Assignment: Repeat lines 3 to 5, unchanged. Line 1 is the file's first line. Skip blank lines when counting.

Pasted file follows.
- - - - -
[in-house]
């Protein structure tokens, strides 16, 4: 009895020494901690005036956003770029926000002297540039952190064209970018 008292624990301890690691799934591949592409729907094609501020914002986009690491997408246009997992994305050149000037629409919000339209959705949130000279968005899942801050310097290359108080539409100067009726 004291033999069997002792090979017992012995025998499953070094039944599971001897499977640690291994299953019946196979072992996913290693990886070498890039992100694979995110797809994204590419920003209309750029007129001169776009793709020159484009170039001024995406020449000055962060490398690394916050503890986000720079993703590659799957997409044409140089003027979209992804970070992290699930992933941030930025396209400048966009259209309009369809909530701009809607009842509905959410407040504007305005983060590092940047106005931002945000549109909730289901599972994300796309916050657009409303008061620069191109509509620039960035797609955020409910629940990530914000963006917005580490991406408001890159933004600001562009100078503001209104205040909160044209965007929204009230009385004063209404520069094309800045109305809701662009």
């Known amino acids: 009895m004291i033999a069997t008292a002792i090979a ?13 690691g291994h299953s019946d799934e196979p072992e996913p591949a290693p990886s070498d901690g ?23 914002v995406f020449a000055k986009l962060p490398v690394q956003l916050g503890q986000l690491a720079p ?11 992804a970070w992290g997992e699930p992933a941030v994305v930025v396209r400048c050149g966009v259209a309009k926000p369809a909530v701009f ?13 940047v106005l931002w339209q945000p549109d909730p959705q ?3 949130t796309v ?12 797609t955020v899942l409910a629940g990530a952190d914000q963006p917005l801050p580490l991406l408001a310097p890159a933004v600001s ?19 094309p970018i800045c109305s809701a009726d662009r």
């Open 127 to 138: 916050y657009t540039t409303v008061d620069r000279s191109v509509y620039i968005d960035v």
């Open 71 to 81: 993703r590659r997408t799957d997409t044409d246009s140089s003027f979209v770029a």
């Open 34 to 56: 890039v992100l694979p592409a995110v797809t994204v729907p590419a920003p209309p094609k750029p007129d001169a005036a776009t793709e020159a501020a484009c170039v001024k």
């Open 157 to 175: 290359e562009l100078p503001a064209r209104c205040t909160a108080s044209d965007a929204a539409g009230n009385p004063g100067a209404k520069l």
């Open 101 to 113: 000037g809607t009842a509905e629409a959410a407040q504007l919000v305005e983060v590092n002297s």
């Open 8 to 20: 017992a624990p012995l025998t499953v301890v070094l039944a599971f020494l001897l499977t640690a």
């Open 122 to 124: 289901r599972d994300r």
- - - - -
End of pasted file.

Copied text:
């Known amino acids: 009895m004291i033999a069997t008292a002792i090979a ?13 690691g291994h299953s019946d799934e196979p072992e996913p591949a290693p990886s070498d901690g ?23 914002v995406f020449a000055k986009l962060p490398v690394q956003l916050g503890q986000l690491a720079p ?11 992804a970070w992290g997992e699930p992933a941030v994305v930025v396209r400048c050149g966009v259209a309009k926000p369809a909530v701009f ?13 940047v106005l931002w339209q945000p549109d909730p959705q ?3 949130t796309v ?12 797609t955020v899942l409910a629940g990530a952190d914000q963006p917005l801050p580490l991406l408001a310097p890159a933004v600001s ?19 094309p970018i800045c109305s809701a009726d662009r």
């Open 127 to 138: 916050y657009t540039t409303v008061d620069r000279s191109v509509y620039i968005d960035v």
């Open 71 to 81: 993703r590659r997408t799957d997409t044409d246009s140089s003027f979209v770029a």